KINSHASA, APRIL 16, 2021 (CISA)-The National Episcopal Conference of Congo (CENCO) has accused the government of relying on false documents to justify their plans to cut off 1,179 schools from their payrolls, 600 of which are Catholic schools.
In a response to Jean-Marie Mangobe Bomungo the Secretary General of Primary, Secondary and Technical Education in DR Congo Fr Donatien Nshole the Secretary General of CENCO called for in-depth investigations before acting.
“Most of the institutions questioned have existed for a long time, some even dating from independence. They operate normally, being checked by inspectors and by the Teachers’ Control and Payroll Services (SECOPE) every year since their creation. They present students for the end-of-cycle exams,” Fr Nshole said.
According to Bomungo, the decision by the government was informed by a field investigation which revealed that some schools operate with false orders and that some education agents have irregular identification data.
“A much more in-depth verification work which requires a lot of time is necessary in order to establish the responsibilities of these false orders,” said Fr Nshole, adding that there is also “a need to regularize the schools that are victims of this system and to clean up the personnel file.”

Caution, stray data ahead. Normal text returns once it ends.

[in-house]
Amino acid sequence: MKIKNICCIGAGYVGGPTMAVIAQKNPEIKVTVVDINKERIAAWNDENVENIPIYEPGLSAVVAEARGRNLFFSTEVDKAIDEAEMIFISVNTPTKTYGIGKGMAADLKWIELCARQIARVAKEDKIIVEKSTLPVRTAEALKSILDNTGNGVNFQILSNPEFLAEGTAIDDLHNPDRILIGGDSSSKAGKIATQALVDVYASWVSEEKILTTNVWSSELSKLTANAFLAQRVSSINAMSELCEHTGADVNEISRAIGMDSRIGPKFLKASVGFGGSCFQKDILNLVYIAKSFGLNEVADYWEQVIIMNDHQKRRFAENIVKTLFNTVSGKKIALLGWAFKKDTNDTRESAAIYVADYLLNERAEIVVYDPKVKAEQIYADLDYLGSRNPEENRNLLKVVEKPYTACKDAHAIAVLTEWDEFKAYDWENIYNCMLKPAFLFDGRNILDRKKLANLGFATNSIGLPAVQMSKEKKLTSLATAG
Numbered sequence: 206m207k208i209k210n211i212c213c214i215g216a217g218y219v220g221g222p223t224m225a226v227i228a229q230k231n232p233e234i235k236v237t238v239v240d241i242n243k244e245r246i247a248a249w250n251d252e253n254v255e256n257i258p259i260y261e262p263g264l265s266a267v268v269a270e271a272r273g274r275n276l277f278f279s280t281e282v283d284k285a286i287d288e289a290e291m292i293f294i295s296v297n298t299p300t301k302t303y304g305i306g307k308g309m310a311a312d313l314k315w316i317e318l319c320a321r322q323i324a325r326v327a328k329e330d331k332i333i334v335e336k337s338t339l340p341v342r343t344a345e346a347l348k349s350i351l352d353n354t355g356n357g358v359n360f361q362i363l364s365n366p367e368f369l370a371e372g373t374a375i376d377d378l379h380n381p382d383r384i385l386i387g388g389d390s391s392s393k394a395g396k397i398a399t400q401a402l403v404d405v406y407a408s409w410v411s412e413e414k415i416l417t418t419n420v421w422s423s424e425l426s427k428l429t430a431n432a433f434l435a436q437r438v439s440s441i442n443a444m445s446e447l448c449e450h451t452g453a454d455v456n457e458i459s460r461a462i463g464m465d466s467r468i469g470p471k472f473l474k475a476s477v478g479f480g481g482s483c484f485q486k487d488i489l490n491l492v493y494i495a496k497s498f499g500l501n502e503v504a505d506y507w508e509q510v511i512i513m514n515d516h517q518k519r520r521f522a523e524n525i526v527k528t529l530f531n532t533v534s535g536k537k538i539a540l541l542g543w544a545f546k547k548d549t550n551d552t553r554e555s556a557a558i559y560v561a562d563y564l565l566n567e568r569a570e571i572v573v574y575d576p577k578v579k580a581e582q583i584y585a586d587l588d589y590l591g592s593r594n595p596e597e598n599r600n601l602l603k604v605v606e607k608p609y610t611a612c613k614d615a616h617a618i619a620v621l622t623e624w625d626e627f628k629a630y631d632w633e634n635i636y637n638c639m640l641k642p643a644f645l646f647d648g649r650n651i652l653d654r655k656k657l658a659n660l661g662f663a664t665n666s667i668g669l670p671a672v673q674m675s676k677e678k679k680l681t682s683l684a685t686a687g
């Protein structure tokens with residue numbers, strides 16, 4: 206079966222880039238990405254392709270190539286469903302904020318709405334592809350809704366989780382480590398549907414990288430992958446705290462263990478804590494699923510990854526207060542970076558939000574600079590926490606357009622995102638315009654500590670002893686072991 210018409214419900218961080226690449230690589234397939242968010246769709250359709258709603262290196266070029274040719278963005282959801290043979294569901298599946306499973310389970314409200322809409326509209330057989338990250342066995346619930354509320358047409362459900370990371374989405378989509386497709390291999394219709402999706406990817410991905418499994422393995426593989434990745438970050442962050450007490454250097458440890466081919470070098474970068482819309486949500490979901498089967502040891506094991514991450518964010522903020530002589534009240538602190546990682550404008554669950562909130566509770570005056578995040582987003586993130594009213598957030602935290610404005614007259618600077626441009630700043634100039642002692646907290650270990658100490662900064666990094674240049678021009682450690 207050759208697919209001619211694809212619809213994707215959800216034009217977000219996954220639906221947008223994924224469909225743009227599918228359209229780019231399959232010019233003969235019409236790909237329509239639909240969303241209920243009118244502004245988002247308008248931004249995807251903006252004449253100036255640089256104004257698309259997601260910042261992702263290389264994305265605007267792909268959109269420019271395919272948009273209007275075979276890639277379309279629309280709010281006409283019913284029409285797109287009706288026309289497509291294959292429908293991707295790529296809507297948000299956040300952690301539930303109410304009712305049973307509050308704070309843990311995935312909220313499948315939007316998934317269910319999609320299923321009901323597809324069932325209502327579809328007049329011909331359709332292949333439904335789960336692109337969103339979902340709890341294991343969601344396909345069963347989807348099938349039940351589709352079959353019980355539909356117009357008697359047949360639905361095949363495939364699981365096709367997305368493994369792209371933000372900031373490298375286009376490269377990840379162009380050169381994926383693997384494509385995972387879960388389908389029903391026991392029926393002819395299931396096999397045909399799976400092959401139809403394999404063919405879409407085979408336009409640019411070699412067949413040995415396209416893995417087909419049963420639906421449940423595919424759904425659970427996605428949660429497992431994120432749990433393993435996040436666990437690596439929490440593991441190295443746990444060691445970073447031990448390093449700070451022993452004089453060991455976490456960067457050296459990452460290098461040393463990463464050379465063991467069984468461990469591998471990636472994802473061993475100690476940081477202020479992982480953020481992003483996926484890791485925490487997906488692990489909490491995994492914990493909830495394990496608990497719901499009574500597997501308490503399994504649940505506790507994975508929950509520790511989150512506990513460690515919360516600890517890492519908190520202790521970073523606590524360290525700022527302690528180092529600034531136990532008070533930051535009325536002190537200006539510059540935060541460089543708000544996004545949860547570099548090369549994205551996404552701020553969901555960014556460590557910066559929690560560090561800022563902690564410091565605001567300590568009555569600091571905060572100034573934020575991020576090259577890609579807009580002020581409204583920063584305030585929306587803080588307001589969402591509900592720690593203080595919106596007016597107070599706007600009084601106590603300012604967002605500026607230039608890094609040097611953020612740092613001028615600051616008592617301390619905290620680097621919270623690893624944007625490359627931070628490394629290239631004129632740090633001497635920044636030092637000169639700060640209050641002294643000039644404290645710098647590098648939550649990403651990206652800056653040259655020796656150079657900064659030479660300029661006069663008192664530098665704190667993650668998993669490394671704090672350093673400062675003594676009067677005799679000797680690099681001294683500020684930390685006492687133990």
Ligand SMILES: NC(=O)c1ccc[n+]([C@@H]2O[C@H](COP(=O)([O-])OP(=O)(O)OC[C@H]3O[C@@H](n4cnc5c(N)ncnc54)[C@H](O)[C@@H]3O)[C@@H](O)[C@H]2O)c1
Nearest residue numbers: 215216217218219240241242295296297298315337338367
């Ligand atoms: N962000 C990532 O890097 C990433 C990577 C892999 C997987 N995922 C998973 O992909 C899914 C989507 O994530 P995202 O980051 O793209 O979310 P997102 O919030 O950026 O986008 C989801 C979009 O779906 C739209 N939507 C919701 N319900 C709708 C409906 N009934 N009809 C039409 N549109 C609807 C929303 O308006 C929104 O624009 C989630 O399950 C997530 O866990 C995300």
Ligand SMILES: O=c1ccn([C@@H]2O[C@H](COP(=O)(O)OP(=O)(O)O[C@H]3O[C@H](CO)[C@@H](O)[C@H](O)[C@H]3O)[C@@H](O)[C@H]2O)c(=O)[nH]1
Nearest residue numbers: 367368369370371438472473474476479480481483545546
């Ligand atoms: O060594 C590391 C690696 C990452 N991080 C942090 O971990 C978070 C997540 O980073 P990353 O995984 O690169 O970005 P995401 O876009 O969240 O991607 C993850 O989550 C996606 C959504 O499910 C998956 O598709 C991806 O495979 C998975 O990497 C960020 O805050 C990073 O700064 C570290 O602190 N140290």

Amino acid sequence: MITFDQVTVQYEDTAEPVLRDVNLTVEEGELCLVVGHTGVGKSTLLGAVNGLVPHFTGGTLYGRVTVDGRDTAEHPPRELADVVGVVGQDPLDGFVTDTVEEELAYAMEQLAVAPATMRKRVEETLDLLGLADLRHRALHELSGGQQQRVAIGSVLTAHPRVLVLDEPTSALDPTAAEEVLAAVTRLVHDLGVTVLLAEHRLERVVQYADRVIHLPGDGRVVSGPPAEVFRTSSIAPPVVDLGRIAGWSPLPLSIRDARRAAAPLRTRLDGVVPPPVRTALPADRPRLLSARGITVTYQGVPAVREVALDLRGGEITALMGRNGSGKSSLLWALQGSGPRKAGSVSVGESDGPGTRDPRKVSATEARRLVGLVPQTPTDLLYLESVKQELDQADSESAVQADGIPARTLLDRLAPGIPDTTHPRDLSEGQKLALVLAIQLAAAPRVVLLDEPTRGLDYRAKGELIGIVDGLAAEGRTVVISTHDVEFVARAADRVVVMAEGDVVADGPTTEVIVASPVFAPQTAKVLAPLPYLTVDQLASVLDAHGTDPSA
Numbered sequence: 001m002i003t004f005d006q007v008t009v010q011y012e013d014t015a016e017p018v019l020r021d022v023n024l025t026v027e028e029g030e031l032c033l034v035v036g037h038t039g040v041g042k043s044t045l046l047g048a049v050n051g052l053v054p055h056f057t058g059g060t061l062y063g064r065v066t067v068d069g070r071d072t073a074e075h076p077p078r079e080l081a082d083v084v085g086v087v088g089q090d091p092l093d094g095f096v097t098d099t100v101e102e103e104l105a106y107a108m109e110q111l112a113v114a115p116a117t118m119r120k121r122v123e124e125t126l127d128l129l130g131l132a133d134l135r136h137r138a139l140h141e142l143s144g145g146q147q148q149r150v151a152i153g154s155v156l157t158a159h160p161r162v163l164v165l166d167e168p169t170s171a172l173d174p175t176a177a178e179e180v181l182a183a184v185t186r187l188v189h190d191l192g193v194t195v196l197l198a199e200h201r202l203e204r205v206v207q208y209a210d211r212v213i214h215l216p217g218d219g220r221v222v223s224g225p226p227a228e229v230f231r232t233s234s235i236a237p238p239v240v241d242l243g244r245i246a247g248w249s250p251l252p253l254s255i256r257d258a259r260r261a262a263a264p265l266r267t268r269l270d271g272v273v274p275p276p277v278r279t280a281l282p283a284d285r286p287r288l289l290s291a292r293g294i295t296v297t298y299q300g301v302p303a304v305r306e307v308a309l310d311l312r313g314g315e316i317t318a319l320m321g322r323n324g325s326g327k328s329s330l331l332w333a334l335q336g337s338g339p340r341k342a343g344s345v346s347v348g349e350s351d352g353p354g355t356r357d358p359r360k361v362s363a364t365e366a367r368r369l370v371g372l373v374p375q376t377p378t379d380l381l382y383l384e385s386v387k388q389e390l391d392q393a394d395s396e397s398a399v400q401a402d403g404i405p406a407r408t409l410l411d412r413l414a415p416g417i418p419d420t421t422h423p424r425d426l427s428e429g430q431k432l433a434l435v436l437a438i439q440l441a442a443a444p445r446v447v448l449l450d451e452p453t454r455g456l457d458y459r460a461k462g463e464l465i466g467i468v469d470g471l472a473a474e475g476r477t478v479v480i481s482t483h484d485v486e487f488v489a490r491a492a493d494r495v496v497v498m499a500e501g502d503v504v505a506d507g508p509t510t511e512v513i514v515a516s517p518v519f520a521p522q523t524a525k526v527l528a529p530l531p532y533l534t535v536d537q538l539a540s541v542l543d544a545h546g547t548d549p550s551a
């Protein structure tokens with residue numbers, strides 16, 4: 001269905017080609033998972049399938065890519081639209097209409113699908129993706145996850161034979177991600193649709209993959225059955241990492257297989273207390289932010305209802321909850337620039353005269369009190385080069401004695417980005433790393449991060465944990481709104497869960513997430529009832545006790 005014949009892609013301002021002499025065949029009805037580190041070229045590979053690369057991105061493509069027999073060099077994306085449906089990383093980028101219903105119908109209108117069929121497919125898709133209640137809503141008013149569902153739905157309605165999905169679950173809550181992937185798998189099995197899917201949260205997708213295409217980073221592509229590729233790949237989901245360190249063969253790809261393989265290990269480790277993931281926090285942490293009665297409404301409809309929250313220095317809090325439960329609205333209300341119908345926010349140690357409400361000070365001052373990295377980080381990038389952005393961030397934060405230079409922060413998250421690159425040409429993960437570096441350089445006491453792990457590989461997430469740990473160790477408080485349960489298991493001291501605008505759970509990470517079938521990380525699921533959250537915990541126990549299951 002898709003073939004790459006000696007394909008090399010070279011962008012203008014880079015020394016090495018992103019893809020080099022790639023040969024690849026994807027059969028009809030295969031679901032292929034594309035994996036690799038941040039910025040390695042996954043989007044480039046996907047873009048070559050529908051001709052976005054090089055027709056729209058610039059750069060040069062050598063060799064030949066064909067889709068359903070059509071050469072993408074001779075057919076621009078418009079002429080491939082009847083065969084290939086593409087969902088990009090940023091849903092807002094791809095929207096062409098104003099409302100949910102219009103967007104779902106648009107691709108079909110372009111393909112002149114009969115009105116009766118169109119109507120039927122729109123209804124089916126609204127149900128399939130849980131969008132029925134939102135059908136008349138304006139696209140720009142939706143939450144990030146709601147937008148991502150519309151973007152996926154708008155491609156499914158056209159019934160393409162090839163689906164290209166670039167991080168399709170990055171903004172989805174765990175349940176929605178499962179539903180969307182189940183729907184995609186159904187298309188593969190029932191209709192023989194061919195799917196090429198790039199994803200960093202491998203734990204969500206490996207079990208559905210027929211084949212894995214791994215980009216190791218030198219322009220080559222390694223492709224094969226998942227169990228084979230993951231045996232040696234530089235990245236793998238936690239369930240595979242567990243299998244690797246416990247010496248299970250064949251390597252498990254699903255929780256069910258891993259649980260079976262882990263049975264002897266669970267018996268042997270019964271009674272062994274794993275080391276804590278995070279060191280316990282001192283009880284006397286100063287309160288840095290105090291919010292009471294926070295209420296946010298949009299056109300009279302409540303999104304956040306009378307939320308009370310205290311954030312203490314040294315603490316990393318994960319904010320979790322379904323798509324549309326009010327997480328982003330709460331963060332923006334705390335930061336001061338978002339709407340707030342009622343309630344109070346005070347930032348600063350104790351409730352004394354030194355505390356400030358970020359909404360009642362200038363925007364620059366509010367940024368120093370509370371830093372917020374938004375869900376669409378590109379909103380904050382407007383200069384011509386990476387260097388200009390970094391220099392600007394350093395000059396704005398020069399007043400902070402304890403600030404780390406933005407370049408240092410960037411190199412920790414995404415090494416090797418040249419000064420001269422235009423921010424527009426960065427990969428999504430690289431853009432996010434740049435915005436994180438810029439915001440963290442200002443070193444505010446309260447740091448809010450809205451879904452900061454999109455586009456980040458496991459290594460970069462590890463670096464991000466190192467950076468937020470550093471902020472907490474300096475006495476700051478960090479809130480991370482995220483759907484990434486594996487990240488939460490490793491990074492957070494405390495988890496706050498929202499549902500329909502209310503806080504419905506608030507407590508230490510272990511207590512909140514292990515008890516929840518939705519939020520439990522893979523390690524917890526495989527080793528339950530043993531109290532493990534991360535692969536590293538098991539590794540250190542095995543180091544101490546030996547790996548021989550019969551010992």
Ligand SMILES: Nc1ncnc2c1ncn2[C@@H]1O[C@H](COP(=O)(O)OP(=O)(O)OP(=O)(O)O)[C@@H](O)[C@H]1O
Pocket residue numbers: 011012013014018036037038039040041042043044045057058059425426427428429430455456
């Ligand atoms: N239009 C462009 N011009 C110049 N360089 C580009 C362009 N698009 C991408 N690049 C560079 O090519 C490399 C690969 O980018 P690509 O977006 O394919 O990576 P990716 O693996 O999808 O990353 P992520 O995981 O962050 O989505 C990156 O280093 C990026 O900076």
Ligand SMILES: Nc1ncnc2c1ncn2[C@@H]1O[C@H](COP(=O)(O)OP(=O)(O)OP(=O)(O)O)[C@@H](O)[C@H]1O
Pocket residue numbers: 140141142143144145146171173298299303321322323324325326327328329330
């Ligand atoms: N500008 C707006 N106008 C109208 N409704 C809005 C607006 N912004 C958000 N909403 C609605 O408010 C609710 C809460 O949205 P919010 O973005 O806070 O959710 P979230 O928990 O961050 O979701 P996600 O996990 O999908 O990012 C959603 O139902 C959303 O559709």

As affected parties await to be carried out CENCO has asked the government to “postpone this decision to deactivate from the pay lists the schools which meet the required criteria of viability in order to guarantee the right to education of pupils and the salaries of the teachers who work there.”
“The Church has never fought the free education which for the bishops is irreversible. The Church is the victim of a campaign of intoxication of certain political actors and we want to invite the competent authorities to be careful because more or less 6,000 teachers are affected and nearly 20,000 students affected,” Fr Nshole warned.
Since the implementation of the constitutional provision of free basic education by President Félix Tshisekedi in September 2019, misunderstandings have grown on this issue between the Church and certain social actors.